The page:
A loss of the Clegg Collection would surely represent an opportunity lost. Many more projects could be envisaged that address the genetic determination of a trait, its association with SNP markers, the influence of the pollen donor, or the utility of a marker for marker-assisted selection. The Collection has also been the nucleus of a genetic mapping project. Significantly, the SNP markers developed for these trees are also relevant for studies beyond fruit nutrient content because their biosynthetic pathways intersect with those underlying plant stress and disease responses. This property makes the candidate genes equally relevant for studies on pathogen or salinity tolerance and a key resource that could help secure the future of avocado production in California during turbulent times.
Chen, H., V. E. T. M. Ashworth, S. Xu, and M. T. Clegg. 2007. Quantitative genetic analysis of growth rate in avocado. J. Amer. Soc. Hort. Sci. 132 (5): 691–696.
Calderón-Vázquez, C., M. L. Durbin, V. E. T. M. Ashworth, L. Tommasini, K. K. T. Meyer, M. T. Clegg. 2013. Quantitative genetic analysis of three important nutritive traits in the fruit of avocado. J. Amer. Soc. Hort. Sci. 138 (4): 283–289
The Clegg Collection: the trees shown here are growing at UC Riverside
California Small Farm Conference
Registration is now open for the California Small Farm Conference - the state's premier gathering for small-scale farmers and ranchers, farm employees, farmers' market managers, researchers, federal and state agriculture agencies, agriculture students, food policy advocates, consumers and others. The goal of the Conference is to promote the success and viability of small and family owned farming operations and farmers markets through short courses, field tours and workshops.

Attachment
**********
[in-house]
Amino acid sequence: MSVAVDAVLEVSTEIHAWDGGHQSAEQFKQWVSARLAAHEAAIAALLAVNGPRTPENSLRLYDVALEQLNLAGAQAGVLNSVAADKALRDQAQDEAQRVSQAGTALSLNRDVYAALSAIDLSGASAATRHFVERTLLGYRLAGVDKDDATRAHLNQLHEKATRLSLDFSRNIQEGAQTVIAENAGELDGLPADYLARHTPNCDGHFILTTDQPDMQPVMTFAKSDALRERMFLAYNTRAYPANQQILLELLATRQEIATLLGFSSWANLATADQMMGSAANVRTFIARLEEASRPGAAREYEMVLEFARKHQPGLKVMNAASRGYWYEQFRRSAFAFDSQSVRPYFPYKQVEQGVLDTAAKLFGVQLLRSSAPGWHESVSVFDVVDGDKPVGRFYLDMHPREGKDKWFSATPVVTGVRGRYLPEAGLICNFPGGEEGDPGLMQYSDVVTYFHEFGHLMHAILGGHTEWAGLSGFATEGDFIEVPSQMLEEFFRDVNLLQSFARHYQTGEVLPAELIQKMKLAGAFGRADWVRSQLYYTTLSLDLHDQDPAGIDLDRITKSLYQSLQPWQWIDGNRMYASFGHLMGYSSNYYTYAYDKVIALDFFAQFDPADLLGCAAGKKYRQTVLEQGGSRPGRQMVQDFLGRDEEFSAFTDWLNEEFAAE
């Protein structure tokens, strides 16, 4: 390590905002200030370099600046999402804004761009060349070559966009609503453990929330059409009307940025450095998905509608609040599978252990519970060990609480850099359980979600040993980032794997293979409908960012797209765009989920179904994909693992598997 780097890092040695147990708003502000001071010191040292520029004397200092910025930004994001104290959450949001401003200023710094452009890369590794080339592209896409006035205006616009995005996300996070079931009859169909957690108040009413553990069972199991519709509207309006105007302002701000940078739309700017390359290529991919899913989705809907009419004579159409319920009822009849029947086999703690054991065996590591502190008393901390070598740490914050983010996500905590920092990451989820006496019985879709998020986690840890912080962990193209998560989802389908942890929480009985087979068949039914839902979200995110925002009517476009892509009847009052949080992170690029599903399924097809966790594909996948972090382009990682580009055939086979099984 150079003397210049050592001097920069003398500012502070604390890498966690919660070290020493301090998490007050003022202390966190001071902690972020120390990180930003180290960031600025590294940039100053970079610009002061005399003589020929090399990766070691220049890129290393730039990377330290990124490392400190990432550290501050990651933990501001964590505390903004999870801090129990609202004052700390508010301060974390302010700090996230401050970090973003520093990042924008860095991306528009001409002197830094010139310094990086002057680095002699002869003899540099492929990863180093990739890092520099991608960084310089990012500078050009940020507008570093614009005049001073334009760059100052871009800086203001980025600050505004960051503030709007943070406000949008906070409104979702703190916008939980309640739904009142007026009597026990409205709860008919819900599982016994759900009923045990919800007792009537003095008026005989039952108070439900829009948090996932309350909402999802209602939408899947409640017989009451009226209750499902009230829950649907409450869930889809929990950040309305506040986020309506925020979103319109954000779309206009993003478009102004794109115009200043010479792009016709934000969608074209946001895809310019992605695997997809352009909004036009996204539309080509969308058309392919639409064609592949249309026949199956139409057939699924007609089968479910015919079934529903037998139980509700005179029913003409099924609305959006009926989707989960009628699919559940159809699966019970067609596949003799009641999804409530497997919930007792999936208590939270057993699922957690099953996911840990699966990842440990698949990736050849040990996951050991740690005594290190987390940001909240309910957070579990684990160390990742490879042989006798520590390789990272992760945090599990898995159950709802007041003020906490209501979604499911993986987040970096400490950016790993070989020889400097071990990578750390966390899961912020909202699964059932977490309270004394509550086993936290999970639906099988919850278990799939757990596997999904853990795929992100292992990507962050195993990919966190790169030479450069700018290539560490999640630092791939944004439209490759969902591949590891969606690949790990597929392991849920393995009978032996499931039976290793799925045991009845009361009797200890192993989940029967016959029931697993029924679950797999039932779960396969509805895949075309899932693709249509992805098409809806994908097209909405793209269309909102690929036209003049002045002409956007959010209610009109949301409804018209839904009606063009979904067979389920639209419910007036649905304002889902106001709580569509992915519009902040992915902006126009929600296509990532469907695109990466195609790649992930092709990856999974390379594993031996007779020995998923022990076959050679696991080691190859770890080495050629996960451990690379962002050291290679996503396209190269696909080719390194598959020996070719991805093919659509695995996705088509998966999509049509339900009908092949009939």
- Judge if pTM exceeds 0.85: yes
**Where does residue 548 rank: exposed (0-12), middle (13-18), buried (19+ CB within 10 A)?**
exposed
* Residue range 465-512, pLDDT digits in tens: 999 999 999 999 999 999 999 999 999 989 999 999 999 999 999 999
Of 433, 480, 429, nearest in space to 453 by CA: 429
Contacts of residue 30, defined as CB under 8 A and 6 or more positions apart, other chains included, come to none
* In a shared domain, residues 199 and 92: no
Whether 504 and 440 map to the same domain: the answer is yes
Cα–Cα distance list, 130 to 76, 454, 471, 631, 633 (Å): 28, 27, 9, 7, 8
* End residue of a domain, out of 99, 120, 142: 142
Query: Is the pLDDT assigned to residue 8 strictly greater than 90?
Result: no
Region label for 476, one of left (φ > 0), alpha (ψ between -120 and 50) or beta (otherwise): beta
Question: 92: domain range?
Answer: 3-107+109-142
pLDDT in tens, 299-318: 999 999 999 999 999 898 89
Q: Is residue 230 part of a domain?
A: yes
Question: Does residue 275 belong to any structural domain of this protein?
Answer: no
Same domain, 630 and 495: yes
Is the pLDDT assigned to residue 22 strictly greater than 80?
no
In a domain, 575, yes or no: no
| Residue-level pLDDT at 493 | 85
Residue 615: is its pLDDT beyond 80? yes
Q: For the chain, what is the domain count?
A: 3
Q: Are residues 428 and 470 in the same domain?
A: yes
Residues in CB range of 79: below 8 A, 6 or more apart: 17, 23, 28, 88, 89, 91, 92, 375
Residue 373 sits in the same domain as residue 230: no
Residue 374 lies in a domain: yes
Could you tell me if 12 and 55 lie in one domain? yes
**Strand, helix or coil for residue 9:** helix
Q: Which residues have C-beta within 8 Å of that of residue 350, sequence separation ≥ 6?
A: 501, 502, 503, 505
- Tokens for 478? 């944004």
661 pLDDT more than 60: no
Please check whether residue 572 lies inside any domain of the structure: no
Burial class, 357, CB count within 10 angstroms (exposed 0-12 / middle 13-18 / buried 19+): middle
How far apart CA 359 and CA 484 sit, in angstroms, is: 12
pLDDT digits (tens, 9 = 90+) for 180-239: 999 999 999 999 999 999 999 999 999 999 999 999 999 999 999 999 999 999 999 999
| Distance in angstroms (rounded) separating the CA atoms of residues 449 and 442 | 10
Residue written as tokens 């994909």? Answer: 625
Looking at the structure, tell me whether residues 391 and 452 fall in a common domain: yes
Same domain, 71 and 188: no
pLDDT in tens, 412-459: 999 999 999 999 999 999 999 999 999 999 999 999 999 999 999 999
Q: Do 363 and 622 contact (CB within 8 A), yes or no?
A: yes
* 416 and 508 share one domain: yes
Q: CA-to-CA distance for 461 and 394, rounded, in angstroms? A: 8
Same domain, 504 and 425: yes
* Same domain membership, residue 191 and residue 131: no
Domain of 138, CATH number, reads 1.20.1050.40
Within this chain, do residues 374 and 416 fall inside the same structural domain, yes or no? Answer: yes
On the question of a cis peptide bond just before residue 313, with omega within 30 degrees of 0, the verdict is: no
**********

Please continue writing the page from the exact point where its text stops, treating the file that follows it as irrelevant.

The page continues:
This year's California Small Farm Conference (CSFC), featuring opening plenary speaker, A.G. Kawamura, will be held at the San Diego Marriott Mission Valley in southern California on March 7 - 10, 2015.
Keep updated on all activities by liking us on Facebook and signing up for our E-Newsletter. We hope some of you will join UC Small Farm Program staff on the Agritourism Field Course or the Alternatives in Marketing Field Course.
Small Farm Blogs
For the first time since the great freeze of '89-90, we have experienced a little more than minor damage to our crops. Compared to the San Joaquin Valley, Ventura country escaped without major damage; although there were some areas harder hit like the Ojai Valley and some canyons near Santa Paula. Many parts of the SJV were hard hit.
As in the freeze of 1990, your trees must be cared for in the same way during this post freeze period. In 1990, advice was issued to the grower about the rehabilitation of their trees, both citrus and avocado. We would like to review that information for you at this time. How can we best aid tree recovery so that tree growth and yield will proceed most rapidly?
Citrus and avocado leaves appear wilted or flaccid during periods of low temperature. This is a natural protective response to freezing temperatures and does not mean the leaves have been frozen. Leaves will be firm and brittle and often curled when frozen. Leaves become flaccid after thawing, and if the injury is not too great, they gradually regain turgor and recover, leaving however, dark flecks on the leaves. Seriously frozen leaves collapse, dry out, and remain on the tree. Foliage form recent flushes are most susceptible to this damage. If twigs or wood have been seriously damaged, the frozen leaves may remain on the tree for several weeks. If the twigs and wood have not been damaged severely, the leaves are rapidly shed. Trees losing their leaves rapidly is often a good sign and is not, as many growers believe a sign of extensive damage.
Cold damage to the twigs appears as water soaking or discoloration. In older branches and trunks it appears as splitting or loosening of bark where the cambium has been killed. Bark may curl and dry with many small cracks. Dead patches of bark may occur in various locations on limbs and trunk.